The “Win-Win-Win” of educating incarcerated Texans

Expanding educational opportunities for incarcerated Texans is one of the few policy solutions in the criminal justice space that can have measurable impacts on crime, employment and the state’s budget. Texas lawmakers will be forced to grapple with this and other serious criminal justice issues over the next couple of years as the state’s prison system undergoes a Sunset review.

The main agency under review this cycle is the Texas Department of Criminal Justice, the agency responsible for the adult correctional system. Also under review is Windham School District, a closely related entity that provides the majority of education services to the adult prison population.

As policymakers take a hard look at both TDCJ and Windham, they should prioritize improving access to a broad range of education and vocational training programs. Doing so is a win for incarcerated Texans, a win for the communities they come back to, and a win for Texas taxpayers.


An estimated 95% of inmates will be released back into communities and reenter society. Individuals who have been impacted by the criminal justice system face significant challenges in getting employment as they reenter society. Where the national unemployment rate sits at 3.8%, the unemployment rate for formerly incarcerated workers is closer to 27%. To put a finer point on it — more than half of unemployed American men in their 30s have a history of being arrested or convicted of a crime.

Providing education while Texans are incarcerated is a key strategy to improve their odds of success when they reenter society. These education programs are fiscally responsible investments that lower recidivism and improve employment. According to a meta analysis on studies of correctional education programs:

  • Inmates who participated in correctional education programs had 43% lower odds of recidivating than those who did not participate.
  • The odds of obtaining employment post-release among inmates who participated in correctional education was 13% higher.
  • Relying on conservative estimates, every $1 invested in prison education reduces incarceration costs by $4 to $5 during the first three years after an inmate’s release.

Other research points to the same conclusion — adding that even where secondary-education programming shows promising reductions in recidivism, the effects are even stronger with postsecondary education. Consistently, research shows that these programs improve employment outcomes and represent a significant return on investment for taxpayers.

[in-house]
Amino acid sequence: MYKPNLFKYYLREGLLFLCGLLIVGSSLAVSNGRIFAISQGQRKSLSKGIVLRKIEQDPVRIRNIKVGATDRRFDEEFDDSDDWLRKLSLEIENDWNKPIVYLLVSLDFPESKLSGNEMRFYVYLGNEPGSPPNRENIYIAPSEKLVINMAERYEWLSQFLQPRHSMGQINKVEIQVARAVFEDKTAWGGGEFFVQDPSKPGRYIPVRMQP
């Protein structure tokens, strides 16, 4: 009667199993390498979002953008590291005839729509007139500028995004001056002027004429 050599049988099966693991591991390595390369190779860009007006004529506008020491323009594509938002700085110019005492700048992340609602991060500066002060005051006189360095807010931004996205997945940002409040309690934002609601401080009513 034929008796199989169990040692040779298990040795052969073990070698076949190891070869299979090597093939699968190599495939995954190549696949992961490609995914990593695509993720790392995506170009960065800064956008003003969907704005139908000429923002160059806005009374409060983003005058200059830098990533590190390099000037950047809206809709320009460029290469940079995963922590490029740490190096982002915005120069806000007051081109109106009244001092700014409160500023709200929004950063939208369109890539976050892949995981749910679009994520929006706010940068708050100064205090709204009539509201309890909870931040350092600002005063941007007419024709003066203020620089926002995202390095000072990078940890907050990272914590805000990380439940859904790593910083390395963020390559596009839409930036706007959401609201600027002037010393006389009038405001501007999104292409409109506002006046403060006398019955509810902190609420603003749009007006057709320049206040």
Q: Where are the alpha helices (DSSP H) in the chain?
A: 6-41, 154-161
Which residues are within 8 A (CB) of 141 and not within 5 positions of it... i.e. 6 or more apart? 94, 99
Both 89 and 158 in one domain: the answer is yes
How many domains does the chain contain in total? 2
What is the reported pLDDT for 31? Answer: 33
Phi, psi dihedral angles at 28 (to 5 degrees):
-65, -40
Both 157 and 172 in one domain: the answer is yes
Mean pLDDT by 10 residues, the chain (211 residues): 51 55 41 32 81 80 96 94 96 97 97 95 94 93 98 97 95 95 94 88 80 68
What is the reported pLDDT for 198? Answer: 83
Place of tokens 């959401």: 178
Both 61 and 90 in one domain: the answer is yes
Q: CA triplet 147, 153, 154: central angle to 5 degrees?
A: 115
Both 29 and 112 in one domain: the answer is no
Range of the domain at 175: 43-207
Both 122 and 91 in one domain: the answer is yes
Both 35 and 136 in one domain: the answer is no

A Shifting Workforce and Present Challenges

Unfortunately, Texas inmates are starting far, far behind from an academic perspective. One early insight from Windham’s self-evaluation report to Sunset is the educational deficit of the average inmate when they enter their programs as a student. At entry, the average student functions at the fifth grade level. It already takes significant work for many Texas inmates to catch up and obtain their GED.

Even where Texas inmates are otherwise eligible to take postsecondary coursework, there are often challenges to access. Financial access should be easier with the reintroduction of “Second Chance Pell Grants,” but many bureaucratic and practical challenges remain. These issues are most pronounced among female Texas inmates, who have significantly less access to this kind of higher education programming than do male inmates.

As my colleagues at Texas 2036 have emphasized, the state’s workforce needs have been changing dramatically and will continue to change moving forward. In 2011, 51% of jobs paying at least $65,000 annually were held by Texans with a high school diploma, GED, or below. In 2019, that plummeted to 11%. We expect over 70% of Texas jobs will require a postsecondary degree or credential by 2036.

Looking Forward

Expanding access to prison education programs must anticipate the changing Texas workforce. In addition to supporting and improving the delivery of basic and remedial education, the Texas correctional system should also increase partnerships with institutions of higher education to provide more postsecondary education opportunities. It should also explore ways to expand the availability of industry certifications, short-term credential opportunities and other important signals for prospective employers.

Not only will this improve post-release opportunities for incarcerated Texans, but it will meet the state’s workforce needs, improve public safety and save taxpayer dollars otherwise spent on incarceration.

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